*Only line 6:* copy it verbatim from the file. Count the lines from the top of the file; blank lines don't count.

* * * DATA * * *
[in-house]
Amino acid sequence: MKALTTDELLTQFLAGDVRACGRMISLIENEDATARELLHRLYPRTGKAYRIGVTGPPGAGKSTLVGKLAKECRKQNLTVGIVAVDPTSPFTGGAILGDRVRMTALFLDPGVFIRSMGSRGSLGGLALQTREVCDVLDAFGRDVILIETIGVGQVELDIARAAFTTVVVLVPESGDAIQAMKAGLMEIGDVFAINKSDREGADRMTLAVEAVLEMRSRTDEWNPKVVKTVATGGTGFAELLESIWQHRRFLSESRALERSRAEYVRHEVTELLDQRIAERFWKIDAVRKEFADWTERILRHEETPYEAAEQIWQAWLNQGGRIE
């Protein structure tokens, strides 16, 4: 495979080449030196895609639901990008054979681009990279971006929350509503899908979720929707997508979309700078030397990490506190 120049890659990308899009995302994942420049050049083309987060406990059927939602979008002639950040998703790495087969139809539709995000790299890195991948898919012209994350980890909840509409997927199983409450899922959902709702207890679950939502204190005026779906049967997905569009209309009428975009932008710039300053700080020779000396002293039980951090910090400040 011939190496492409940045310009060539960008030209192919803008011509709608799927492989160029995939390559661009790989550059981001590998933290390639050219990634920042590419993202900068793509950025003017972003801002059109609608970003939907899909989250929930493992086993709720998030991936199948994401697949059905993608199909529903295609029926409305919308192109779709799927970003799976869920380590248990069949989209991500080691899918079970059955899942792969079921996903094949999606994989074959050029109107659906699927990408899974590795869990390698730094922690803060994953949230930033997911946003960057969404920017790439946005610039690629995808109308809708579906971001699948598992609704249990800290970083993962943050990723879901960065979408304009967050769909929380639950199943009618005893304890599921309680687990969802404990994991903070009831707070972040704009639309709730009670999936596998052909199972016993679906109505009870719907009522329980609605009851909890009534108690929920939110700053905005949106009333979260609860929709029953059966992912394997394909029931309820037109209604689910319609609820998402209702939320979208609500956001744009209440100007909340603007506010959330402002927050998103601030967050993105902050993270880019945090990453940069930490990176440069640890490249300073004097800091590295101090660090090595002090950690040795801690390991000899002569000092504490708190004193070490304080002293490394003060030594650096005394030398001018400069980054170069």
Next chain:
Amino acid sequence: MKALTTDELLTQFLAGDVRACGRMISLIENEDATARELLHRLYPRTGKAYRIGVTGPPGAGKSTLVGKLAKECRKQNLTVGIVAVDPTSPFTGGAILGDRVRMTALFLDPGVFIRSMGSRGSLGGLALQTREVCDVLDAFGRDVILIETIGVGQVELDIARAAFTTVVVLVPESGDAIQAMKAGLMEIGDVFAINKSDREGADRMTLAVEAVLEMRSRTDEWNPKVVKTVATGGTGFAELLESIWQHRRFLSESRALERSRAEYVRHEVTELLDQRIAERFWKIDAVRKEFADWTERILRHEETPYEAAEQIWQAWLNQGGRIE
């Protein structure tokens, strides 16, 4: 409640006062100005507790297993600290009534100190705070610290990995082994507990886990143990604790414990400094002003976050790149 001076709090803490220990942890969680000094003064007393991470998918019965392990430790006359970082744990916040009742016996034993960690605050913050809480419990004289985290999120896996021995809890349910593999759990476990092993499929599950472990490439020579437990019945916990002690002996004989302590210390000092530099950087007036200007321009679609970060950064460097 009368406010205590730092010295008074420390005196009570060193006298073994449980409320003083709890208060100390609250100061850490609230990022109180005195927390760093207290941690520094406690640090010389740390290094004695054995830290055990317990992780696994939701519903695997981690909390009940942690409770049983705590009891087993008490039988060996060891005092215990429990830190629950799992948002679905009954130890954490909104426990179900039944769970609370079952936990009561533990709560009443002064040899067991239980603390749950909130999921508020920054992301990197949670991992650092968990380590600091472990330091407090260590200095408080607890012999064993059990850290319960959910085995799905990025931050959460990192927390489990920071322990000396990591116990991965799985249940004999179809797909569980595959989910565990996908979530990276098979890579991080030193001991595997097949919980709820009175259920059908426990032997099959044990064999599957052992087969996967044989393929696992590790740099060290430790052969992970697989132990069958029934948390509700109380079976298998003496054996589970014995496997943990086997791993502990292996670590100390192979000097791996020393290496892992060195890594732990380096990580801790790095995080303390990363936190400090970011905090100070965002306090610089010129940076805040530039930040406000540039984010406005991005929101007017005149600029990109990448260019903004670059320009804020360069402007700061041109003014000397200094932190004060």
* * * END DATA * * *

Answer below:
């Protein structure tokens, strides 16, 4: 409640006062100005507790297993600290009534100190705070610290990995082994507990886990143990604790414990400094002003976050790149 001076709090803490220990942890969680000094003064007393991470998918019965392990430790006359970082744990916040009742016996034993960690605050913050809480419990004289985290999120896996021995809890349910593999759990476990092993499929599950472990490439020579437990019945916990002690002996004989302590210390000092530099950087007036200007321009679609970060950064460097 009368406010205590730092010295008074420390005196009570060193006298073994449980409320003083709890208060100390609250100061850490609230990022109180005195927390760093207290941690520094406690640090010389740390290094004695054995830290055990317990992780696994939701519903695997981690909390009940942690409770049983705590009891087993008490039988060996060891005092215990429990830190629950799992948002679905009954130890954490909104426990179900039944769970609370079952936990009561533990709560009443002064040899067991239980603390749950909130999921508020920054992301990197949670991992650092968990380590600091472990330091407090260590200095408080607890012999064993059990850290319960959910085995799905990025931050959460990192927390489990920071322990000396990591116990991965799985249940004999179809797909569980595959989910565990996908979530990276098979890579991080030193001991595997097949919980709820009175259920059908426990032997099959044990064999599957052992087969996967044989393929696992590790740099060290430790052969992970697989132990069958029934948390509700109380079976298998003496054996589970014995496997943990086997791993502990292996670590100390192979000097791996020393290496892992060195890594732990380096990580801790790095995080303390990363936190400090970011905090100070965002306090610089010129940076805040530039930040406000540039984010406005991005929101007017005149600029990109990448260019903004670059320009804020360069402007700061041109003014000397200094932190004060």